Category Archives: Parenthood

Punishing kids for cross-gender play is abusive, not “tough”

It’s my dream: I got to write about a Dear Prudence column in the Guardian. This week it’s about a mom who wrote in to Prudence concerned that her husband freaks out when their son wears mom’s ballet flats, and expands into the way we gender our kids from birth: Continue reading

Posted in Gender, Life, Parenthood, Sex | Tagged , | 42 Comments

Today in bad advice

This week in Slate’s Dear Prudence: A woman who works full-time while her husband does not, yet is still charged with doing half of the domestic work: Continue reading

Posted in Domesticity, Life, Marriage, Parenthood | Tagged , | 331 Comments

What do you do when your childhood bully friends you on Facebook?

Feministe friend Eve Sturges’s latest in Rookie is a wonderful look at the trauma childhood bullies inflict, the strength that comes from being an adult who finally stands up for that kid who suffered, and the realization that most kids evolve and grow and change — even the ones who act terribly toward us. Read it, read it, read it. Continue reading

Posted in Life, Parenthood, relationships | Tagged , | 57 Comments

You can’t have it all…but who cares?

“Wow, it really is amazing,” a celebrated Russian playwright once slurred to me in the middle of an after party following a movie premiere. “You, like, go out and stuff. Wearing dresses. And have wine. And you write things. And … Continue reading

Posted in Class, Parenthood, relationships | 26 Comments

The Freedom to Abuse Kids

This week at the Guardian I’m writing about the gay conversion therapy ban passed in New Jersey, and how religious freedom is too often used as an argument for abusing kids — at the expense of children’s own equal protection under the law.
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Posted in Crime, Discrimination, Education, Health, Law, Medicine, Parenthood, Politics, Race & Ethnicity | Tagged , | 148 Comments

The Consequences of “Opting Out”

It’s nice to say that working or not working is simply a matter of personal choice, but in reality it’s a highly gendered one — and one that puts women at a disadvantage when it comes to stability, equality and independence. Continue reading

Posted in Domesticity, Marriage, Parenthood, relationships, Work | Tagged , , , | 141 Comments

The online face of grief

Last week, NPR’s Scott Simon’s mother passed away, and Scott tweeted from her hospital bed. It sounds awful, but it was weirdly touching. I’m writing in Salon about public grieving and how we use social media during tragedy. A bit:
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Posted in Life, Parenthood, relationships | Tagged , , | 2 Comments

Kate Middleton and Moms Who Aren’t Princesses

With much of England and half the U.S. on Kate Middleton Baby-Watch this week, I’m writing about motherhood in the Guardian. It’s great (and normal) that we’re all excited about a new (and royal!) baby. Babies are really cute, and all of them should enter the world into the arms of folks who are excited to welcome them. But our celebrity pregnancy obsession, coupled with our unrealistic and condescending view of motherhood (it’s THE HARDEST JOB IN THE WOOOOORLD!) make real political change difficult, and keep parents (mostly mothers) unsupported. A bit:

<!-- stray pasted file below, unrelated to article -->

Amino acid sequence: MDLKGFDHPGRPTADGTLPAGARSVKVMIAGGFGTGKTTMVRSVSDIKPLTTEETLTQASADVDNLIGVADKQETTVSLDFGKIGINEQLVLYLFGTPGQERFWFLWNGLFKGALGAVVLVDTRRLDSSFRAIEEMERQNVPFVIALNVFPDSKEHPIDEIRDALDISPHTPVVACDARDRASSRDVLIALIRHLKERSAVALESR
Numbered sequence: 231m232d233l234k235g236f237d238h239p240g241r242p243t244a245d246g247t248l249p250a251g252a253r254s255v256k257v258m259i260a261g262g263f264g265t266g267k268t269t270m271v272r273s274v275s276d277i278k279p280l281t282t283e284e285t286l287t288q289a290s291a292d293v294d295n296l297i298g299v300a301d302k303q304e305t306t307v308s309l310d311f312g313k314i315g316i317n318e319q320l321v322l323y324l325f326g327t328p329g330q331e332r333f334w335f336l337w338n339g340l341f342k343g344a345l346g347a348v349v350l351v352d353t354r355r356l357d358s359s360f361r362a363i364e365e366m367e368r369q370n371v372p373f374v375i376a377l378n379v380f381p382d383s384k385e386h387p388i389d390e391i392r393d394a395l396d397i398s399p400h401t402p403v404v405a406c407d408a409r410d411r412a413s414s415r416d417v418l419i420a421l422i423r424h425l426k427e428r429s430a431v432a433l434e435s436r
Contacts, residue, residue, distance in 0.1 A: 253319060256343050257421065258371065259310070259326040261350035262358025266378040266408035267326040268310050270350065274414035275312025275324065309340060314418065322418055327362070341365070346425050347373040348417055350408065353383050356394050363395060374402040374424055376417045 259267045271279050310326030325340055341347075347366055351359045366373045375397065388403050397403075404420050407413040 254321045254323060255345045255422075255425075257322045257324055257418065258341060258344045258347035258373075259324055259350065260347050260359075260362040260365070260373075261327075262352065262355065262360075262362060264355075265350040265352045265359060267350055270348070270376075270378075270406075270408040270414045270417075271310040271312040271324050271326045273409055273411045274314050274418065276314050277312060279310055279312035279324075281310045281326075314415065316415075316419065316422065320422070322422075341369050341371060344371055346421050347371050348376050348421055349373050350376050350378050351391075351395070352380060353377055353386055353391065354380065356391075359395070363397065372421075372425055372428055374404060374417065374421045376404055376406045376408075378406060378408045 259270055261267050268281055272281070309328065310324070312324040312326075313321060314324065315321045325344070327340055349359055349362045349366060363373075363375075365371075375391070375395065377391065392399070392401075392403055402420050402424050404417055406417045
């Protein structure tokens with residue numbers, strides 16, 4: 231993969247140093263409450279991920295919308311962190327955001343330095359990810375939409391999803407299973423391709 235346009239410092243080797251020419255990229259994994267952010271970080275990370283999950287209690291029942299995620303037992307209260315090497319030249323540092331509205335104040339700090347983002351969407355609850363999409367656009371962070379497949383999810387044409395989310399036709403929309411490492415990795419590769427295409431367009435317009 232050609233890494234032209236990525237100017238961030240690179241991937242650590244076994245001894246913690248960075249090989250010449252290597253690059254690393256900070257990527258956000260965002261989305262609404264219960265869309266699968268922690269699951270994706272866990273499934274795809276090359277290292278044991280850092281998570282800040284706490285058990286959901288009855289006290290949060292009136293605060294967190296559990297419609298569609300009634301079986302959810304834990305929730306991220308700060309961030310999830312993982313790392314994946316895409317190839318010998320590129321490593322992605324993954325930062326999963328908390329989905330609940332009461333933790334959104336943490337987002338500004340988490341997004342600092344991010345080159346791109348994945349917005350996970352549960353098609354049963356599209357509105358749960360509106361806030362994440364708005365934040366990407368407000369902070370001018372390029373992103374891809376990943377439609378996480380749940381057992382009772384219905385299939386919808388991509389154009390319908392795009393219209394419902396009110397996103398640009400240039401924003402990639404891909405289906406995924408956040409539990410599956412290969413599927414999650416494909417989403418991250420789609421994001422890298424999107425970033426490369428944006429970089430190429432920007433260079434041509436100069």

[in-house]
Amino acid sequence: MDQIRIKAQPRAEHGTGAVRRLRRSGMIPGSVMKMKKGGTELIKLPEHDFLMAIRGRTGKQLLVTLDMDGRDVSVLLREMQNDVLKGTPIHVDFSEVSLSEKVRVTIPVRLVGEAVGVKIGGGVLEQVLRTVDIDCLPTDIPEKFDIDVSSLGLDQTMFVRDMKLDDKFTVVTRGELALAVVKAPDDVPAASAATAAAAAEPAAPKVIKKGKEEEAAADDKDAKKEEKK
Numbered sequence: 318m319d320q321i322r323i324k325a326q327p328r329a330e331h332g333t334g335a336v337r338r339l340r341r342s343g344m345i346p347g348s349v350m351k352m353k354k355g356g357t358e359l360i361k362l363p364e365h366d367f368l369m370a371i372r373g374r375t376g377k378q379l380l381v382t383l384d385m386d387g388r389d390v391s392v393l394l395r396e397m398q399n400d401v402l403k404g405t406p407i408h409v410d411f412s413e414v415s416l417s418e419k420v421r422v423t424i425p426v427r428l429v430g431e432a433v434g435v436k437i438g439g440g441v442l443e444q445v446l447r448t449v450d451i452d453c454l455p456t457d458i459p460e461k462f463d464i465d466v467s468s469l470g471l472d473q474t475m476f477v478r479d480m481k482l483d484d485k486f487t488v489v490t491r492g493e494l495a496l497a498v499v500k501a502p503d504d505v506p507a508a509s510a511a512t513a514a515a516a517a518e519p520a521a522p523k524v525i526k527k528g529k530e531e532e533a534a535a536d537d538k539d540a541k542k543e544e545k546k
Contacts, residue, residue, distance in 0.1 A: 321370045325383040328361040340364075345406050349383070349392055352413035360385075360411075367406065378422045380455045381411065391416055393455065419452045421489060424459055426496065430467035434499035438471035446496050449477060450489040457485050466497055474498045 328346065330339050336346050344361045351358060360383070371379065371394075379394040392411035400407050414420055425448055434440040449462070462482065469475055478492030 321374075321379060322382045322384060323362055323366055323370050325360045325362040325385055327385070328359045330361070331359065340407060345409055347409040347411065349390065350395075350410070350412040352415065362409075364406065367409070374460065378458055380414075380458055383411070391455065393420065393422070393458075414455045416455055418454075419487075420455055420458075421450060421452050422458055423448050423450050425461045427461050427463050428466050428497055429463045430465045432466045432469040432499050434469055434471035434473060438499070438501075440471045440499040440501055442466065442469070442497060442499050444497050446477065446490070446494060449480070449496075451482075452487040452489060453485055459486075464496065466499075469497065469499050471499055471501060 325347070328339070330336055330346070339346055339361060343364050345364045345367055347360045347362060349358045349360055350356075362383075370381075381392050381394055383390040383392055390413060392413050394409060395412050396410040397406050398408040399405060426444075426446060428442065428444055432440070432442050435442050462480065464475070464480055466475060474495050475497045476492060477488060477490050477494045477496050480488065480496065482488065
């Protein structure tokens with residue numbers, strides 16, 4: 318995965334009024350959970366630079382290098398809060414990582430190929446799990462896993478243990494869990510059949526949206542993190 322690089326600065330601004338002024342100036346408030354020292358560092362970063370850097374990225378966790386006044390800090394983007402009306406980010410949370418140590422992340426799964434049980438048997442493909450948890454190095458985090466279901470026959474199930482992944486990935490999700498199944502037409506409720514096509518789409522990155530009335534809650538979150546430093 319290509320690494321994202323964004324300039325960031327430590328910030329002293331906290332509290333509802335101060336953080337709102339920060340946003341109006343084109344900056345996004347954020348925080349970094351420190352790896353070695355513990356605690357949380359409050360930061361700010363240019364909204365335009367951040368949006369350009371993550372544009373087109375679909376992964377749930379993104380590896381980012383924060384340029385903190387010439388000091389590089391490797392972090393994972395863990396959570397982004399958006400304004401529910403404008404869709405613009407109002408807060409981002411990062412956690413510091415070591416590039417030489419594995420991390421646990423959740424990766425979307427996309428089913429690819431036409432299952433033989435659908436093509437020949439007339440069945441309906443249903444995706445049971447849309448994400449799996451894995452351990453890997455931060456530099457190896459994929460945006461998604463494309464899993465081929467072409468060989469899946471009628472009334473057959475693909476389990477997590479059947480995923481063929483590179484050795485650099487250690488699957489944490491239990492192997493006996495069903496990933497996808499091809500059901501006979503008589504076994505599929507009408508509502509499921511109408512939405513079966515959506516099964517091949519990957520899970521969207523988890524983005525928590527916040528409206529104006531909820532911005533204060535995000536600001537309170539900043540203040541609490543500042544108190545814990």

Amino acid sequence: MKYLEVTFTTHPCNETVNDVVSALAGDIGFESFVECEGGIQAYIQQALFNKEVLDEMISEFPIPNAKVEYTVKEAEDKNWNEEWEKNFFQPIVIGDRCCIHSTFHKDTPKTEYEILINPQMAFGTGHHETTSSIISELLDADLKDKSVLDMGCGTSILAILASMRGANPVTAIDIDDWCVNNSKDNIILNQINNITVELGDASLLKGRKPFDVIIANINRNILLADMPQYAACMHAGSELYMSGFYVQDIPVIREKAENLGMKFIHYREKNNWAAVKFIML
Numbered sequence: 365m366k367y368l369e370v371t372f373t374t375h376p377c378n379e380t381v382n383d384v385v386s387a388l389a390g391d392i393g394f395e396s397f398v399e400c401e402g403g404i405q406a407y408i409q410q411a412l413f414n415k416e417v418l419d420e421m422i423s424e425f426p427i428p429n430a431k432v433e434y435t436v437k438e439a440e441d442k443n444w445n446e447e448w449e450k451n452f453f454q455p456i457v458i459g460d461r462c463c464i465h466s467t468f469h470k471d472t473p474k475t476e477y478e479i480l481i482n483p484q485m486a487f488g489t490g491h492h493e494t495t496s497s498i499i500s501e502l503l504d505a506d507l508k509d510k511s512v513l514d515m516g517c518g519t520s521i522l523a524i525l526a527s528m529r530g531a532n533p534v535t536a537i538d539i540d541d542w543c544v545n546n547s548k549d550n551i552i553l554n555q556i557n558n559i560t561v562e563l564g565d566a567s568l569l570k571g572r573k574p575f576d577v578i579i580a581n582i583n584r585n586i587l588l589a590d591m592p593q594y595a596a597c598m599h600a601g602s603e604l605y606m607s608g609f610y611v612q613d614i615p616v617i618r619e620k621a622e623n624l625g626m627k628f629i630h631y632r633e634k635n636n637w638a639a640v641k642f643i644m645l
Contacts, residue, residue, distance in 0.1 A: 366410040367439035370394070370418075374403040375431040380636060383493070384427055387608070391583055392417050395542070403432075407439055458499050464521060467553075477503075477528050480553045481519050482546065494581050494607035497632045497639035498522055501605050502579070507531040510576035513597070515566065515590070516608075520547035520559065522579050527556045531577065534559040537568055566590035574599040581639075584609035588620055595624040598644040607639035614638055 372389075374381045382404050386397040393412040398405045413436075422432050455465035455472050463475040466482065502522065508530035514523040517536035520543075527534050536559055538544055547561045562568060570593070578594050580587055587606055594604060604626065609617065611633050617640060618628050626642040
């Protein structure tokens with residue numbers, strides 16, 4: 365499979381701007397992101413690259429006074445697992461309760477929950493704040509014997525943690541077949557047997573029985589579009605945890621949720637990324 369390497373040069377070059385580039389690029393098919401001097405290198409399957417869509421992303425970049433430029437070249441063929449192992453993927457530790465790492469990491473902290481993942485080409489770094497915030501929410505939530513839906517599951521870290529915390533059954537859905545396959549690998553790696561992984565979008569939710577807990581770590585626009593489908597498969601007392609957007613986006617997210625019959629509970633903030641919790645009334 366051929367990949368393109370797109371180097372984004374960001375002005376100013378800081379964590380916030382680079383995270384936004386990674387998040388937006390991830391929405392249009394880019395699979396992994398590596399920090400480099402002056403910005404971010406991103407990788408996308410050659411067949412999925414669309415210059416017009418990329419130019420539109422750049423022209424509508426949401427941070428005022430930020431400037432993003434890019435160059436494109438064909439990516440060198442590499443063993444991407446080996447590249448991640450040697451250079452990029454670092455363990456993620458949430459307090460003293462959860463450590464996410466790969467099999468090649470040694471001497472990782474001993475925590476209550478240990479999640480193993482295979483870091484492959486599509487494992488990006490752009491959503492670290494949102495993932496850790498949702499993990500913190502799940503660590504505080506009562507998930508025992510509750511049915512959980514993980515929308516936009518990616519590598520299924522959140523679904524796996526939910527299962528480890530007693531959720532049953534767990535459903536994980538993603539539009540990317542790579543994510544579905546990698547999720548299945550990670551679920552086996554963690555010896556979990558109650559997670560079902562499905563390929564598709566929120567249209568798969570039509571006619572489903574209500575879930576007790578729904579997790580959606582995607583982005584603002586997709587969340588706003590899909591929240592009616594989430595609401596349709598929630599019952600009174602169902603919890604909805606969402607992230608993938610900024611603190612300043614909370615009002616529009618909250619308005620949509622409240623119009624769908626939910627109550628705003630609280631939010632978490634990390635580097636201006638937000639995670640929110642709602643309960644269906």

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Posted in Celebrity, Class, Feminism, Gender, Marriage, Parenthood, Politics, Popular Culture, Poverty, Pregnancy, Reproductive Rights | Tagged , | 23 Comments

How My Miscarriage Made Me More Pro-Choice

In August of 2008, I became pregnant with what I thought would be my second child. A few weeks later, I lay on a table in a darkened room in my OB-GYN’s office while a sympathetic ultrasound technician shook her head sadly and said, “I’m sorry, but I can’t find a heartbeat.” A few hours after that, I was in an operating room having a D&C, having chosen, on the very good advice of my doctor, to get it over with sooner rather than later. A few months later I peed on a stick and saw two pink lines, and my miscarriage was largely forgotten.
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Posted in Life, Parenthood, Reproductive Rights | Tagged , | 47 Comments

Phyllis Richman addresses Harvard’s concerns about her home life

In 1961, Harvard University sent a letter to Mrs. Alvin Richman noting that while she seemed like an excellent candidate for their Department of City and Regional Planning, they did have some concerns about her personal circumstances. Fifty-two years later, award-winning writer and restaurant critic Phyllis Richman has finally taken the time to write Doebele’s requested essay. Continue reading

Posted in Education, Marriage, Parenthood, Work | 3 Comments

Props to My Pops: A White Man Gets it Right

My father is an odd fellow, one not reflected in most Father’s Day cards. He rarely watches sports, would never buy a sports car, hates golf due to working as a caddy in his teens, and doesn’t wear ties. While he loves his tools and is constantly reconstructing our family home, it’s not because of any need to display masculinity. He does it because he worships my mother and wants her to have anything he can create. It’s a bit of selflessness that is rarely reflected in mainstream media, and appreciated or expected of men – especially towards their partners and the world around them. Continue reading

Posted in Life, Parenthood, Race & Ethnicity, relationships | Tagged | 7 Comments

Our feminist foremothers didn’t fight for your right to enjoy your life.

Apparently they were fighting for… the obligation for you to feel guilty about having a life you like? The need to be told you’re selfish, shallow and immature for concluding that children are expensive, you don’t feel any strong pull … Continue reading

Posted in Domesticity, Feminism, Life, Marriage, Parenthood, relationships | Tagged , | 106 Comments